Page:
In Xhosa culture, the dead are considered ancestral spirits with whom the living can and should communicate. Xhosa umkhapho is a ritual accompanied by cattle slaughter, which facilitates the movement of the recently deceased to the afterlife.

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The isiXhosa language is spoken by many distinct clans including the Thembu, Bomvana, Mpondo, and others.

The Xhosa people of South Africa believe that when a person dies, umkhapho rituals should be performed in order to facilitate the movement of the deceased to the realm of the ancestors. Such a movement is considered necessary so that they can be free to return and advise the living later.

Ritual slaughter is required for the umkhapho ritual. The nature of the animal slaughtered depends on the social status of the person being buried. Oxen may be slaughtered for a very important person, while a goat may be slaughtered for others.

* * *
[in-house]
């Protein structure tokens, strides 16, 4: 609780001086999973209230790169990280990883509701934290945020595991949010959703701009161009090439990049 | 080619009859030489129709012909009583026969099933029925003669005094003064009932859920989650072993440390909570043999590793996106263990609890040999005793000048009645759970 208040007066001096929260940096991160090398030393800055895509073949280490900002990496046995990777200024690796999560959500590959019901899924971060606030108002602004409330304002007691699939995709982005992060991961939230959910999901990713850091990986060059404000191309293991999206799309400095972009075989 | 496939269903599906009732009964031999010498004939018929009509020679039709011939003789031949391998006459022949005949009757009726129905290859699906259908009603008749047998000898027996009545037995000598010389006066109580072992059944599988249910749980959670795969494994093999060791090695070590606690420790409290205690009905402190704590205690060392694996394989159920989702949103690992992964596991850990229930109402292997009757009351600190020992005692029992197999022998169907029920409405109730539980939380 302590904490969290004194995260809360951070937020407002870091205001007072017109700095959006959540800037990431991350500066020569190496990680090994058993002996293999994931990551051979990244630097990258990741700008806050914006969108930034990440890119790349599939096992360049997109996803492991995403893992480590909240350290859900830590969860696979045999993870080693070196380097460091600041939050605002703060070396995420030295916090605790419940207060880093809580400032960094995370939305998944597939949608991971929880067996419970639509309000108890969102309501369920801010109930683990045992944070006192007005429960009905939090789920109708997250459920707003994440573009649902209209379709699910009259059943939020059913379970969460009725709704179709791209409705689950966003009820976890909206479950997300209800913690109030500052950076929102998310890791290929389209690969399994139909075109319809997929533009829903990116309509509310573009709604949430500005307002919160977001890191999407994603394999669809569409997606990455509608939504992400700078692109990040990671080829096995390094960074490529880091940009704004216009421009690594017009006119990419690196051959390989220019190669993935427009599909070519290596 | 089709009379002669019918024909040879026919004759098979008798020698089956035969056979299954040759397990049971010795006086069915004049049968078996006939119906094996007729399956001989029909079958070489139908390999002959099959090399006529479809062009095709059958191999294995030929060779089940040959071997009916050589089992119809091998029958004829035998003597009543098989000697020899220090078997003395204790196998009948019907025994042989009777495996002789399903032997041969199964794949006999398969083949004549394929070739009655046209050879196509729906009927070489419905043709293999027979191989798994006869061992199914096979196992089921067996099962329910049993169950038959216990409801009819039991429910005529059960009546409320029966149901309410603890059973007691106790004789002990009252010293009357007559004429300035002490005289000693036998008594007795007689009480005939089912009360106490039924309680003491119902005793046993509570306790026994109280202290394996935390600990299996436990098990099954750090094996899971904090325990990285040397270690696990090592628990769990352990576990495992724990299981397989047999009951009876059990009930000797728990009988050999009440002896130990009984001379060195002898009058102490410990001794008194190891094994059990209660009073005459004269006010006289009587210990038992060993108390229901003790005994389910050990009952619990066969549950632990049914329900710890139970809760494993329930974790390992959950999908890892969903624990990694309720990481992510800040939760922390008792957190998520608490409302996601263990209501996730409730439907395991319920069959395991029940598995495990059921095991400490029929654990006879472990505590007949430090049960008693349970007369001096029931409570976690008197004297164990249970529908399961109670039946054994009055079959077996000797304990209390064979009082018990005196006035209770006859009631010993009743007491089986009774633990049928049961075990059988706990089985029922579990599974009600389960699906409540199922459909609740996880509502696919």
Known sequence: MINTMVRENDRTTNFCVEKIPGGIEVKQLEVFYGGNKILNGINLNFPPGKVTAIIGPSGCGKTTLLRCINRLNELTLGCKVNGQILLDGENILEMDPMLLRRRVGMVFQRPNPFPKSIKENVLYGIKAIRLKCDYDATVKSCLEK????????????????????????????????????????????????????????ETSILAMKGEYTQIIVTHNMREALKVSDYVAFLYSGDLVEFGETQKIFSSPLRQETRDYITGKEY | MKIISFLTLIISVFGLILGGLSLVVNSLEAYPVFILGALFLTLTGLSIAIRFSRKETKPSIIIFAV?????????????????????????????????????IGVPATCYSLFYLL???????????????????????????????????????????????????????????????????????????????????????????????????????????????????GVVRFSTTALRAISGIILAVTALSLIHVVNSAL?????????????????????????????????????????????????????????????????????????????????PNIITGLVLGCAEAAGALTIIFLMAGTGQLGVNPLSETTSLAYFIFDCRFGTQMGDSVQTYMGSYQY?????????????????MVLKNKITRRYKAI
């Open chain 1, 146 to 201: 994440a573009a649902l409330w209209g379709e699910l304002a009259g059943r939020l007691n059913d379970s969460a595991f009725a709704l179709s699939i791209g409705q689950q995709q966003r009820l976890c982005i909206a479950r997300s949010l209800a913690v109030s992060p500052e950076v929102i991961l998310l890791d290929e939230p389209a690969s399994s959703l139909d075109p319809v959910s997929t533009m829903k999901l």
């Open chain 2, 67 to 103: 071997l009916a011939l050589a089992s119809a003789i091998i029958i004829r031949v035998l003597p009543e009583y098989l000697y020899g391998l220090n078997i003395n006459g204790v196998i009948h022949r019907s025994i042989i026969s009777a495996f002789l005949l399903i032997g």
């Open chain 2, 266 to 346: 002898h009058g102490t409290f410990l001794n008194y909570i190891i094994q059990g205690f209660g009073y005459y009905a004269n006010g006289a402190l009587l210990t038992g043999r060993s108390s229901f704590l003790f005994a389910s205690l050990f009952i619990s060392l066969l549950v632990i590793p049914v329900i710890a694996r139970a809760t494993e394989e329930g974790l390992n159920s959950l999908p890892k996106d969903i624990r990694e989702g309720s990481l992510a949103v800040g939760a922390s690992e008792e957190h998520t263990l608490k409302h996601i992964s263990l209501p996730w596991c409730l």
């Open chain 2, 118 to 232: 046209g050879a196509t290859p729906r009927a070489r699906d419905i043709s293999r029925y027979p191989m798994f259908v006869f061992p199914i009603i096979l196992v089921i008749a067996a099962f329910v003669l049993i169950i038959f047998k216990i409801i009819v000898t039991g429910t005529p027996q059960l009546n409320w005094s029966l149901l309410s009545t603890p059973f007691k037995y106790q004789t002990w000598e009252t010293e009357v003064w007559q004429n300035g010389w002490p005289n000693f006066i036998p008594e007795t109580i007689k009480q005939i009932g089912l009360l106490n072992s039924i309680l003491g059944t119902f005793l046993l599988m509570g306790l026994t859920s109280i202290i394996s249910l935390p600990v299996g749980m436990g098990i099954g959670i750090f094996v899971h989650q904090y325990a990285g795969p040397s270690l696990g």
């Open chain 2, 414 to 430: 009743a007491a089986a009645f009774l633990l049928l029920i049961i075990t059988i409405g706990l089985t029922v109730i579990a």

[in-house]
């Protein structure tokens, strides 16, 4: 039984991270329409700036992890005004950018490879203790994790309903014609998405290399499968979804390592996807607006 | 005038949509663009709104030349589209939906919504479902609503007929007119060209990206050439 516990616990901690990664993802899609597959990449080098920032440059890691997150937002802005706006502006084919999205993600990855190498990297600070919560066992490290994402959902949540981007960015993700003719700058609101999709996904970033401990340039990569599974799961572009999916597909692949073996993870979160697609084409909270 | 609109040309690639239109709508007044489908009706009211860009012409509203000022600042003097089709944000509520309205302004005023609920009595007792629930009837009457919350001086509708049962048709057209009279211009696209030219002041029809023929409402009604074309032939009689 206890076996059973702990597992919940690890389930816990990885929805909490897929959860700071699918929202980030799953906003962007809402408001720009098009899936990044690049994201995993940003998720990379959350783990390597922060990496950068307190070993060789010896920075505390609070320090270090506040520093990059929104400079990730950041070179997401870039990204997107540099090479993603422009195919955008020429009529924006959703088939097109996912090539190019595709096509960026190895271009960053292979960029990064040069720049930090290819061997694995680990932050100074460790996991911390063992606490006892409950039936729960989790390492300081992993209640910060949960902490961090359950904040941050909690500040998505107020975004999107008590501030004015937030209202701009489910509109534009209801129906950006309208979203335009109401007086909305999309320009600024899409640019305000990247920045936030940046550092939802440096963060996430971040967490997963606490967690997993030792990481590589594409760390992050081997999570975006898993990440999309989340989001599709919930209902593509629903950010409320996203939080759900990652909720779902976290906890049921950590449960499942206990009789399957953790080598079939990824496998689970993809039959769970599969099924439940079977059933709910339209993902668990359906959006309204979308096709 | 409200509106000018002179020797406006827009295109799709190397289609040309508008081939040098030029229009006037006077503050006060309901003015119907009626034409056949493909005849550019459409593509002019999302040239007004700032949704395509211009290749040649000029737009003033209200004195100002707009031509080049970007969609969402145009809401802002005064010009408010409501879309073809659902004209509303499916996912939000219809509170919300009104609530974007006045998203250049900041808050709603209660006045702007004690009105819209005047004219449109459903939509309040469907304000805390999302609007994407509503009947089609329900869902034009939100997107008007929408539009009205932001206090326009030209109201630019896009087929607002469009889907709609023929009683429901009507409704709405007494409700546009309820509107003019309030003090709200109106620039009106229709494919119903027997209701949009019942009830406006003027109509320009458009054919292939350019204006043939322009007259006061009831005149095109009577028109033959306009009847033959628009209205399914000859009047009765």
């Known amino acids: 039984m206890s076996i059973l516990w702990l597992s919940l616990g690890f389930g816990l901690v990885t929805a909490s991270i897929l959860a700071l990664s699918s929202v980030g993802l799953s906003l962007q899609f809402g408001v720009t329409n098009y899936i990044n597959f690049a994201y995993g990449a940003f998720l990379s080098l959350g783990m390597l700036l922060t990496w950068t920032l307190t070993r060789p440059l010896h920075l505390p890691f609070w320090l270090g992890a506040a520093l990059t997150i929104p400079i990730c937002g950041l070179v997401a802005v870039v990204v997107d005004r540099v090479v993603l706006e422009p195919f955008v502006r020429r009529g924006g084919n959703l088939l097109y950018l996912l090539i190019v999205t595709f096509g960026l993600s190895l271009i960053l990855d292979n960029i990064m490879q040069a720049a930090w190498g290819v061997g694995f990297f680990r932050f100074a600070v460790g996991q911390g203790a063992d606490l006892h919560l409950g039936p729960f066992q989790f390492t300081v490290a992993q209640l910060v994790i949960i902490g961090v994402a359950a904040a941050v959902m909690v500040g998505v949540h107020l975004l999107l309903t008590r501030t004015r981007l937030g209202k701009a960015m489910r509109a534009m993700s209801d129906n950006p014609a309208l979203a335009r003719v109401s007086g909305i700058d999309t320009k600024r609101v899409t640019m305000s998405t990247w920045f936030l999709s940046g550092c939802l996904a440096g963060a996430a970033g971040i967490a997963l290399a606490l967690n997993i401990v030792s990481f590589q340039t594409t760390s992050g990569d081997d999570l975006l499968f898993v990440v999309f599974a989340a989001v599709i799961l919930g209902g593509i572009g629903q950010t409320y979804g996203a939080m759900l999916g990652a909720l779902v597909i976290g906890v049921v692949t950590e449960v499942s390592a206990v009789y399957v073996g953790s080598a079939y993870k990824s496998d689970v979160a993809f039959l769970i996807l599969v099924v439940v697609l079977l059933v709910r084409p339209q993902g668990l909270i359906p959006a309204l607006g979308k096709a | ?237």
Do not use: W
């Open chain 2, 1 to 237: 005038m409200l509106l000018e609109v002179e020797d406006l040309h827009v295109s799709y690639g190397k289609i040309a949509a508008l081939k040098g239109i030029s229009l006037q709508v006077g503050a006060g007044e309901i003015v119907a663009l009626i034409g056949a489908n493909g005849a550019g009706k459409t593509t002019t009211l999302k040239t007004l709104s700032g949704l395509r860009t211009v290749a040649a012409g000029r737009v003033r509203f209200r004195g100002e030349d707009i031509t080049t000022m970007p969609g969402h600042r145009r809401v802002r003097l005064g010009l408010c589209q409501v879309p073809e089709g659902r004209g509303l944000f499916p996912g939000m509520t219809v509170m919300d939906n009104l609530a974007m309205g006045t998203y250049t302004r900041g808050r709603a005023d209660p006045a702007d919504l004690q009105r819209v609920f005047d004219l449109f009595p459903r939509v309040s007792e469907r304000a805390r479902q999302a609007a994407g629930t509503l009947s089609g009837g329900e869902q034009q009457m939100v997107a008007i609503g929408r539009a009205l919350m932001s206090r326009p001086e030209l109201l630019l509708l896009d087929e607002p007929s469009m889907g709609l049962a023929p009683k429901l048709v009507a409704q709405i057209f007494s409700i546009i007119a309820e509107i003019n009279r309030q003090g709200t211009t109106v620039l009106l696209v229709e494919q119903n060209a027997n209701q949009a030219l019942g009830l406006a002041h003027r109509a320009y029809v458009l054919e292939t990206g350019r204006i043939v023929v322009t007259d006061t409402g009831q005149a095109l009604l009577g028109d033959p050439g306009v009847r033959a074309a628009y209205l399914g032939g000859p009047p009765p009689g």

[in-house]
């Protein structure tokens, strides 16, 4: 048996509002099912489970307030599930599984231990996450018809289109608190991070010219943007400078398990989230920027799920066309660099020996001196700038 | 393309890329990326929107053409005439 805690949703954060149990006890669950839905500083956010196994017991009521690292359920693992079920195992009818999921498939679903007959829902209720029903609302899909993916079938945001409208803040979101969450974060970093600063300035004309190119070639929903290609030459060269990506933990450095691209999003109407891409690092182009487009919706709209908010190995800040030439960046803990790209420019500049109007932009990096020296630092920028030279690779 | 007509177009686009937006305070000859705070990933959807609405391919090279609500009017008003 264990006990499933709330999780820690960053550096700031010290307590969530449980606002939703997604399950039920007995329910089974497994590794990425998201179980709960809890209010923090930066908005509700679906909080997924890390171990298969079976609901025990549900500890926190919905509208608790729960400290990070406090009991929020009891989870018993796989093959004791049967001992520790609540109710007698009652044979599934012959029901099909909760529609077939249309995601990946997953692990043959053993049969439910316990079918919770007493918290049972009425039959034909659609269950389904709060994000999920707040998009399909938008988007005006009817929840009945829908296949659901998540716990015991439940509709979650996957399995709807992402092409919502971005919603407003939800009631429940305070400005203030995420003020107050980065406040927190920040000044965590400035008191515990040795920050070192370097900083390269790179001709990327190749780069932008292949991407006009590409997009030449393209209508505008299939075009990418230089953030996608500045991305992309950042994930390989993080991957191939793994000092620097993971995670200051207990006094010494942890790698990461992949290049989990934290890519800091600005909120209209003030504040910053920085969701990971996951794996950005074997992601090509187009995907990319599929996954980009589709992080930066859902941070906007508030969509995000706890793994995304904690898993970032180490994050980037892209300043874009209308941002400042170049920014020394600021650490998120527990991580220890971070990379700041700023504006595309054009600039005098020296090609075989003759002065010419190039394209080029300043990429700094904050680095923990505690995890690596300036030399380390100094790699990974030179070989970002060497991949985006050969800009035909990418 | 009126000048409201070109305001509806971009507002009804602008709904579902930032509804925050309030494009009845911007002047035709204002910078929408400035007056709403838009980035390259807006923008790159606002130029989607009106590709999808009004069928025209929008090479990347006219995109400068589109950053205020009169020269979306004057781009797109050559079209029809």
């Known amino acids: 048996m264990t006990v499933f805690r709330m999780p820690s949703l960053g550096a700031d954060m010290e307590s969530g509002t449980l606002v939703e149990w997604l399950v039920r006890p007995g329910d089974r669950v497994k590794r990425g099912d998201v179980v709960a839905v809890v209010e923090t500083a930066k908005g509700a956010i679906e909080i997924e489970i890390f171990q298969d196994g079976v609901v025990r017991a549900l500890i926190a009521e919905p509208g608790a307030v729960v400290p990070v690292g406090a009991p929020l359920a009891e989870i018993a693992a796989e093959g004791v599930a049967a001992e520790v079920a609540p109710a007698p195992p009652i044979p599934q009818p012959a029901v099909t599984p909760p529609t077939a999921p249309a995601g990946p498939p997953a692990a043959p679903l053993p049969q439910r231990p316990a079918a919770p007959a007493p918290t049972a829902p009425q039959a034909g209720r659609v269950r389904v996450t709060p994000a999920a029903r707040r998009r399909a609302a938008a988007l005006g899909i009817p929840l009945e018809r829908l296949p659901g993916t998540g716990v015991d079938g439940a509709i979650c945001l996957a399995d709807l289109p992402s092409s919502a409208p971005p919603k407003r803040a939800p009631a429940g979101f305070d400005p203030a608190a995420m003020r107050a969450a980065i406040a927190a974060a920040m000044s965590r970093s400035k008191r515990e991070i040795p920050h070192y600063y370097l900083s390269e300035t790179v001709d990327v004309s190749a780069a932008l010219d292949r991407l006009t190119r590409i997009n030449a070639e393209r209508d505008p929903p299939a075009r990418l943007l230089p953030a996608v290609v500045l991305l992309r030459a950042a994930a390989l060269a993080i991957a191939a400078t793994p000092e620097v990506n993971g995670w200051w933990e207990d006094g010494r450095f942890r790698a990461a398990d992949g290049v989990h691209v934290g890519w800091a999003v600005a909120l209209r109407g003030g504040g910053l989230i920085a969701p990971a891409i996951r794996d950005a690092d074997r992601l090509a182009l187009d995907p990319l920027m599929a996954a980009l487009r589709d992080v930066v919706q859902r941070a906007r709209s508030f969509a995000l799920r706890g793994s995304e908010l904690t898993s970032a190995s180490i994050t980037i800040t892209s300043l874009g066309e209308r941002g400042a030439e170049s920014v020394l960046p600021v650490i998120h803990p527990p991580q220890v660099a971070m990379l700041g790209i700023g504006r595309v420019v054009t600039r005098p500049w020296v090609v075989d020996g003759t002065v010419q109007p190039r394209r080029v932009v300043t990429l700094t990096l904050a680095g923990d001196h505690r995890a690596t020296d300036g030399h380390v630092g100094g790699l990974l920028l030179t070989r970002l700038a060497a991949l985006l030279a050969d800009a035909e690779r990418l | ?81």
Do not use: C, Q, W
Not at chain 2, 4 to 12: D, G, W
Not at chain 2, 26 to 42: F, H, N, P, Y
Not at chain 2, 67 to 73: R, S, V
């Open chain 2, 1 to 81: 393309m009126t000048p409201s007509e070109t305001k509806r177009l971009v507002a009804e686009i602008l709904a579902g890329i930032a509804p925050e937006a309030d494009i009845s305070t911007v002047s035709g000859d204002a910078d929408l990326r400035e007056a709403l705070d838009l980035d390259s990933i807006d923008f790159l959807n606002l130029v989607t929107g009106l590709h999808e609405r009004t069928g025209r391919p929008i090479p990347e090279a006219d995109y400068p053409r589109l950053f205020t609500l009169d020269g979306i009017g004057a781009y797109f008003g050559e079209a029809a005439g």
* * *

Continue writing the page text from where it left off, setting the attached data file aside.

Before a Xhosa umkhapho slaughter takes place, the officiator calls on the ancestors of the clan by name. After the ritual throat slitting, blood is collected in a dish and a small strip of meat, known as the intsonyama, is cut from the inside muscle of the right foreleg and roasted. No salt should be used on the meat.

Male kin, followed by the female kin, in order of seniority, each eat a small portion of the meat. The general feasting will only take place after the intsonyama has been consumed. This is a very sombre occasion and no fermented sorghum beer is consumed.

After a variable period of mourning, the umbuyiso ritual is performed. Umbuyiso literally means to bring the spirit of the ancestor back home. The umbuyiso ritual is often prompted by dreams in which the deceased person appears to a member of the family and says that they are hungry. An ox is slaughtered and the intsonyama is again cut and consumed.

Unlike the umkhapho, the umbuyiso is a very festive event involving the brewing of fermented sorghum beer, some of which is offered to the ancestors, with the living drinking the rest.

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